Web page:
The number of annual frost-free days has soared since the 1950s and the number of consecutive frost-free days also is trending higher, Cundiff said. Snowpack levels vary from year to year with no definitive trend, but evidence shows that the snowpack is melting out sooner in the spring, she said. And the number of winter days with temperatures at or below zero is falling, creating more mild winters.

All of those factors have consequences for the environment, Cundiff said. Frost-free days, for example, can affect the budburst of vegetation and the overall species composition of an area.

ACES is analyzing weather and snowpack data for Aspen, among other mounds of data, as part of its Forest Health Index — an ongoing project to monitor a wide range of interlocking environmental conditions that affect forest health.

As part of the study, ACES found that the number of frost-free days in Aspen increased from an average of 73 per year in the 1950s to 99 in the 1990s and 107 in the 2000s.

Aspen also is experiencing milder winters. In the 1940s, there was an average of 35 days per year at or below 0 degrees during the 1940s. That fell to an average of 15 days per year during the 2000s.

“Extreme low temperatures are understood to play an important role in forest ecology,” the Forest Health Index said. “For instance, hard freezes are believed to help control insect-related disturbances such as the Mountain Pine Beetle infestation. Changes in extreme cold also serve as a broader indicator of change to the region’s climate.”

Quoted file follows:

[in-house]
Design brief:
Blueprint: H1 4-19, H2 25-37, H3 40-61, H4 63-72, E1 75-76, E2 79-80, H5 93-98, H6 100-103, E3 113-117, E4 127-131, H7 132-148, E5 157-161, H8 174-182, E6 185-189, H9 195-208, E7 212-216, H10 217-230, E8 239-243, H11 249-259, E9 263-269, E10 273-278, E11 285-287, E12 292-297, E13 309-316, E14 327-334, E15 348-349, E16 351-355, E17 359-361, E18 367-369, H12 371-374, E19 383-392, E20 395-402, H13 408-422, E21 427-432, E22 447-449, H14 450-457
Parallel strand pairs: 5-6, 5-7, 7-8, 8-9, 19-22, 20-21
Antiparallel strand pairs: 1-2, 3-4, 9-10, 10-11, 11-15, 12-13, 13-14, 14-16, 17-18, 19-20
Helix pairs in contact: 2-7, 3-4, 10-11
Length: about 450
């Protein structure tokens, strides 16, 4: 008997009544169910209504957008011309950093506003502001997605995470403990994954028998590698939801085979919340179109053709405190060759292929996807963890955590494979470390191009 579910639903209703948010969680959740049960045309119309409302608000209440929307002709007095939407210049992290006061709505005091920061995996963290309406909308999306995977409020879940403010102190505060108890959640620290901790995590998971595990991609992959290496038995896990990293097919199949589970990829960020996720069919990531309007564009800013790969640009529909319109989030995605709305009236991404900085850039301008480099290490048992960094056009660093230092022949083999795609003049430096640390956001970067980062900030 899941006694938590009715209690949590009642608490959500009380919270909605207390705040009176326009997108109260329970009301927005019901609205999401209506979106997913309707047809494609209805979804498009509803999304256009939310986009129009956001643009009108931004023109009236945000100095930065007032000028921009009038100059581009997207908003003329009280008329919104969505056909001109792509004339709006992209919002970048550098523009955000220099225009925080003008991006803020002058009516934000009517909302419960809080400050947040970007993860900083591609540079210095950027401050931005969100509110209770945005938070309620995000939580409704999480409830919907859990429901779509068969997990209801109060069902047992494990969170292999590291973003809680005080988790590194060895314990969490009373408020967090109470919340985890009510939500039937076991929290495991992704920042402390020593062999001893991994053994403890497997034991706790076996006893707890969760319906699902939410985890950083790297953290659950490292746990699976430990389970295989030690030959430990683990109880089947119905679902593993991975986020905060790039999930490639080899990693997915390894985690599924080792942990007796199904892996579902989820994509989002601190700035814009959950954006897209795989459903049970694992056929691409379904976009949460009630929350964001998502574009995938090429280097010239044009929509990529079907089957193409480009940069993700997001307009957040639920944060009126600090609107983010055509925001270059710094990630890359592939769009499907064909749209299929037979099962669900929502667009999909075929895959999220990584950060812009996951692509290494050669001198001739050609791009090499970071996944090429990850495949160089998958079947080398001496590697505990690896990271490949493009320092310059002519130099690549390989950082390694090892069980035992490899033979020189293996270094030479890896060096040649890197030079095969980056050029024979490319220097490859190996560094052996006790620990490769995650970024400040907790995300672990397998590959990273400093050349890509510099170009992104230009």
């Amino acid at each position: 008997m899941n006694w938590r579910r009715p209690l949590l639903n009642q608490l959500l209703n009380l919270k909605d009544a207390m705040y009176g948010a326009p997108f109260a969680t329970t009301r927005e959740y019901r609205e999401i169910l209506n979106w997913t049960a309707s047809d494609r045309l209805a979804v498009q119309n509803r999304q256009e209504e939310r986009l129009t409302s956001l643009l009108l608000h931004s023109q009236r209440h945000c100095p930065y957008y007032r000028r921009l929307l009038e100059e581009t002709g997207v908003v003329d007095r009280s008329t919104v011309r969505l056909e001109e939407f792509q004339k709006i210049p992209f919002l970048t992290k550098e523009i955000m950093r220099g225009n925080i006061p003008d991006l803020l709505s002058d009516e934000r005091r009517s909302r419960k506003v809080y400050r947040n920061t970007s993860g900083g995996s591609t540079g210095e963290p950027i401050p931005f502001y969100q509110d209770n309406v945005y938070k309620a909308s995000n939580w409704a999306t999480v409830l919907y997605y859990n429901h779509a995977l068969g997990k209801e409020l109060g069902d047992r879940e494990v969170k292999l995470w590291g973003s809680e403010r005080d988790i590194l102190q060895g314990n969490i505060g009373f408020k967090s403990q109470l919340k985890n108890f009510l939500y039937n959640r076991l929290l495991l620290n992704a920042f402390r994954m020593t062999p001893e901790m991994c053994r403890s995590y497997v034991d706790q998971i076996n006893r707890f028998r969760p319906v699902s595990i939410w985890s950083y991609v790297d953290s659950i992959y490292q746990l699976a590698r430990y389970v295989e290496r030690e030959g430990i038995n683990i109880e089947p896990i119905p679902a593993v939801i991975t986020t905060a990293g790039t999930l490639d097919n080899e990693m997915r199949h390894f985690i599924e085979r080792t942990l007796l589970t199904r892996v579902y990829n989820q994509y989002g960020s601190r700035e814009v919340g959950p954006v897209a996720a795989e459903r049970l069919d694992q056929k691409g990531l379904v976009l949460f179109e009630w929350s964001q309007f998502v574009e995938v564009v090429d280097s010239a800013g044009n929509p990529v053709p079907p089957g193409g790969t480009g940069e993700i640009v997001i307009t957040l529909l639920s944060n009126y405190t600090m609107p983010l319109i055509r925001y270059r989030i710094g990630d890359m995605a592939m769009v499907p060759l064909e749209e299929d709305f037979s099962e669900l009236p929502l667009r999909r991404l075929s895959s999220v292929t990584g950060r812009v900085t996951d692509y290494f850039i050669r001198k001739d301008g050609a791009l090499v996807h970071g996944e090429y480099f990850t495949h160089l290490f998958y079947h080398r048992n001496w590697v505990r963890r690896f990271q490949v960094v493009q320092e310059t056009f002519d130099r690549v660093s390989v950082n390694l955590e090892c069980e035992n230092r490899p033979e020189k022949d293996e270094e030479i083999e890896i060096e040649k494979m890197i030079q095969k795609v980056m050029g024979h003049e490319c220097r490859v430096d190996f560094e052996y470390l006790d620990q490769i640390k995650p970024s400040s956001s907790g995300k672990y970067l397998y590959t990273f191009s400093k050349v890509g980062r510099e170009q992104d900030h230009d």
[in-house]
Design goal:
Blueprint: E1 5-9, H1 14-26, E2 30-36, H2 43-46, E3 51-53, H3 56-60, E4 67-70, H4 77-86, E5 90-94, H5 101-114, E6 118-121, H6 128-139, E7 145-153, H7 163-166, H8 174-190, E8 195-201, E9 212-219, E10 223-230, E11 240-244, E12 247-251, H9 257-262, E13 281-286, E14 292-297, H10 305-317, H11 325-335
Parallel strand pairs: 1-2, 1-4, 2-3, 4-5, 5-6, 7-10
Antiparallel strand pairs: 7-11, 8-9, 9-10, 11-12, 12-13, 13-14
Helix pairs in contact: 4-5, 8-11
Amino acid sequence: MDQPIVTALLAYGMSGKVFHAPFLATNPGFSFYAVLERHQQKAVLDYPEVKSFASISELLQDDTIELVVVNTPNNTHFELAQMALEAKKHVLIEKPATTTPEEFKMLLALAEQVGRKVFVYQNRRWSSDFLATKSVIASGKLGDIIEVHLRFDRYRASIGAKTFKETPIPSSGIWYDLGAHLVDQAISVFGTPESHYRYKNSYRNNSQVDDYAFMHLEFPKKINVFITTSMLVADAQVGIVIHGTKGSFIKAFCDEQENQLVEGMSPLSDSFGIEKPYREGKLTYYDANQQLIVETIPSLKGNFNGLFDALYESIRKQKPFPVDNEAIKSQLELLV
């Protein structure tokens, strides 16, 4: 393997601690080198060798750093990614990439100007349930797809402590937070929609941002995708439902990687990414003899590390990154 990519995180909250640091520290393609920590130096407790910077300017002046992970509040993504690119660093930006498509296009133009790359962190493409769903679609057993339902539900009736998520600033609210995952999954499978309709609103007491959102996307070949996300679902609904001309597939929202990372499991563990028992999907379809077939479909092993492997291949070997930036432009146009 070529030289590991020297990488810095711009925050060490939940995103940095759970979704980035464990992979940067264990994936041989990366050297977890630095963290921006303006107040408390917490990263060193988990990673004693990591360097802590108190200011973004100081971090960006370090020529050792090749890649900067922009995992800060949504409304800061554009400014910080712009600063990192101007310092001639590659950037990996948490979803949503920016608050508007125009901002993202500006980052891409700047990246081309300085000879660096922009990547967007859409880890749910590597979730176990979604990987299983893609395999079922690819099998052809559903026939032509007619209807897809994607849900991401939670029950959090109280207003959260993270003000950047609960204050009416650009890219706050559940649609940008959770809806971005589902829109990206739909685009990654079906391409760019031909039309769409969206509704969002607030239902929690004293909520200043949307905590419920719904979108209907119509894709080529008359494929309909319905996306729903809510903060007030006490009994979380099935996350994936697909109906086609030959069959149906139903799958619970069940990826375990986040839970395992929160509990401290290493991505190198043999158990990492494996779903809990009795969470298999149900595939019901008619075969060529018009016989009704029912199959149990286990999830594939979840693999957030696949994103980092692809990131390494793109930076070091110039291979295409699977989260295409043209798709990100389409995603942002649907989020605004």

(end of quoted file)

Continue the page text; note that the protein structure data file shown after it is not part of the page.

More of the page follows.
The index also found, in general, that the Aspen-area snowpack starts melting a week earlier in the spring and reaches the half-way melt-out period about one week sooner in the summer than it did in earlier decades.

A second report, Climate Change and Aspen, prepared by the Aspen Global Change Institute for the city of Aspen, noted many of the same environmental trends.

“For Aspen, climate change will likely include longer summertime warm periods, earlier onset of spring snowmelt, more precipitation arriving as rain rather than snow, and longer dry periods with heavier precipitation events in between,” said the report, released in December. “These types of changes could exacerbate already risky wildfire conditions, place extra pressure on already stretched water providers and users, provide additional challenges to ski area operators and other winter and summer recreation providers, as well as result in other impacts to every sector important to the Aspen community.”

Cundiff said the Forest Health Index places more stock in extremes, such as number of days with high and low temperatures rather than average annual temperatures. Statistics for any given year aren’t really useful. It’s trends that the index is seeking.

Nevertheless, she analyzed maximum and minimum daily temperatures for Aspen since 1940 and found that the average annual temperature between 1940 and 2014 was 41.44 degrees. The average for 2014 alone was 42.71 degrees. However, 2014 didn’t stand out. Several other years were at or above that temperature, she said. So, climate change didn’t make 2014 the hottest on record for Aspen, but trends show global warming is stressing Aspen’s environment.